Sprawling over steep twisted alleys and punctuated by churches, Nazareth is home to both ancient relics and truly inspiring architecture
Nazareth is perched on a hill between Haifa and the Sea of Galilee. It is famous for being the location of the Annunciation, where Jesus’ divine conception and impending arrival was declared by angelic messengers. Later, the village became the home of a young Jesus Christ. In Nazareth holy sites abound, but with a unique twist: the city’s legacy is Arab and Christian rather than Jewish. The resulting political tension is painted on the city walls with graffiti lamenting the displacement of the Palestinians in the mid-20th century. During this period, called the Nakba (Arabic for catastrophe), the Arab majority faced compulsory acquisition of their homes and expulsion from the village.
Today, the Old City has begun its slow recovery. The forgotten Ottoman buildings are a testament to the character and beauty of the town it once was. The Fauzi Azar Inn is a good example of this revival. The restored mansion is well worth a visit, with an airy limestone courtyard, painted ceilings and original Arab architecture. Each morning the granddaughter of the eponymous Fauzi offers free tours and some candid insight into the experience of Israeli Palestinians.
Just south of the Fauzi Azar Inn, the Christian Holy Trail begins with the Roman Catholic Basilica of the Annunciation. The Basilica is a massive, modern construction with inlaid windows representing Catholic communities throughout the world. As the exact location of the Annunciation is disputed, savvy pilgrims also visit the nearby Greek Orthodox Church of the Annunciation. It’s built over a fascinating and much older subterranean chapel and natural spring and is a short ten-minute walk from the Catholic Basilica. Also worth seeing in the area is Mary’s Well and the ancient Synagogue Church where Jesus is said to have worshipped as a boy.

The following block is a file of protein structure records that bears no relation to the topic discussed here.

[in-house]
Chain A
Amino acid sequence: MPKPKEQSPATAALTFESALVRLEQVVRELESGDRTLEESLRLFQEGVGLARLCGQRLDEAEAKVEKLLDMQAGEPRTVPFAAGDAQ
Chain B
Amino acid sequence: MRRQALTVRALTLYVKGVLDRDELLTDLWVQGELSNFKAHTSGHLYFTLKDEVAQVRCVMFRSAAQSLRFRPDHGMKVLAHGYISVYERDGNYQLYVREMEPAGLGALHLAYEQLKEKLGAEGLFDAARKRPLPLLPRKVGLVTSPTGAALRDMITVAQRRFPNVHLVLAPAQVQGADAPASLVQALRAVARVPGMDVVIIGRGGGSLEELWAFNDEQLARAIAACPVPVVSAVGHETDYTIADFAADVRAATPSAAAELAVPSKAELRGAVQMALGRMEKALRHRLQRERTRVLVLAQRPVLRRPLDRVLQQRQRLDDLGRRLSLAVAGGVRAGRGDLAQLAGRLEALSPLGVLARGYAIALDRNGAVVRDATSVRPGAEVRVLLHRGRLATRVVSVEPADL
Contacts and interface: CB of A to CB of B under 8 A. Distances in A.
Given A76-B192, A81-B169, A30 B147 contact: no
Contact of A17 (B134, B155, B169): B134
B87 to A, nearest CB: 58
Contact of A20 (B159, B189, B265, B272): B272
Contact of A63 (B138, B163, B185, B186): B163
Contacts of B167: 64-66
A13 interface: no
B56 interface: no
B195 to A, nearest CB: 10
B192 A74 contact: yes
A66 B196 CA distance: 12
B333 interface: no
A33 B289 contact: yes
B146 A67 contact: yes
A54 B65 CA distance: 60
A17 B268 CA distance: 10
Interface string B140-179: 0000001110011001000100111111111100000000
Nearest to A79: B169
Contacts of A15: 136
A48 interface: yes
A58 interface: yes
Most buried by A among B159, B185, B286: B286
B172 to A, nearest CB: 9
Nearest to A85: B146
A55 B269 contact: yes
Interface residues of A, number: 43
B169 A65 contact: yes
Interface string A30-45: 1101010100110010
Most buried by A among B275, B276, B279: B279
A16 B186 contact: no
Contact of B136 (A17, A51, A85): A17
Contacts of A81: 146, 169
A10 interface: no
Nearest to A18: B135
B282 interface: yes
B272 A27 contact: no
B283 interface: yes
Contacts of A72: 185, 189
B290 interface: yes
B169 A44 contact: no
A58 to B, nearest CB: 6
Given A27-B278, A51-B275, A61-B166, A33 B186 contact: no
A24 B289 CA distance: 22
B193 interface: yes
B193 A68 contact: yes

Equally, there is plenty for the secular history buff to explore. The Ancient Roman Bath House can be found next to Mary’s Well, a short walk from the Basilica. The site is peculiarly located beneath a jewellery store, called Cactus, and was discovered during the shop’s renovation. Co-owner Elias offers a guided tour of the ruins and in-depth knowledge of the construction and use of the bathhouse in ancient times.
Next up is the nearby Nazareth Old Market Souq. The bazaar is refreshingly traditional, catering to the local population rather than tourists. Here, you will find a stimulating array of wares including fresh food, apparel and aromatic spices. Visit the Fahoum Roastery and have your Arabic coffee ground, mixed and spiced to your taste. For coffee lovers, the antique roasting equipment is visible from the shop’s entrance and closer inspections are welcomed by the owner.
If the fresh scents of cardamom and caffeine have your taste buds singing, your next stop should be Falafel Khazen, a tiny booth located in the alleyways between Fauzi Azar and the Souk. The falafel is freshly rolled and fried in front of you and can only be described as transcendent. Ask for the falafel pita, which strikes a heady balance between tahini-creaminess, tart pickle and spice. It’s also a perfect place to wind down for the evening with the call to prayer streaming through the air.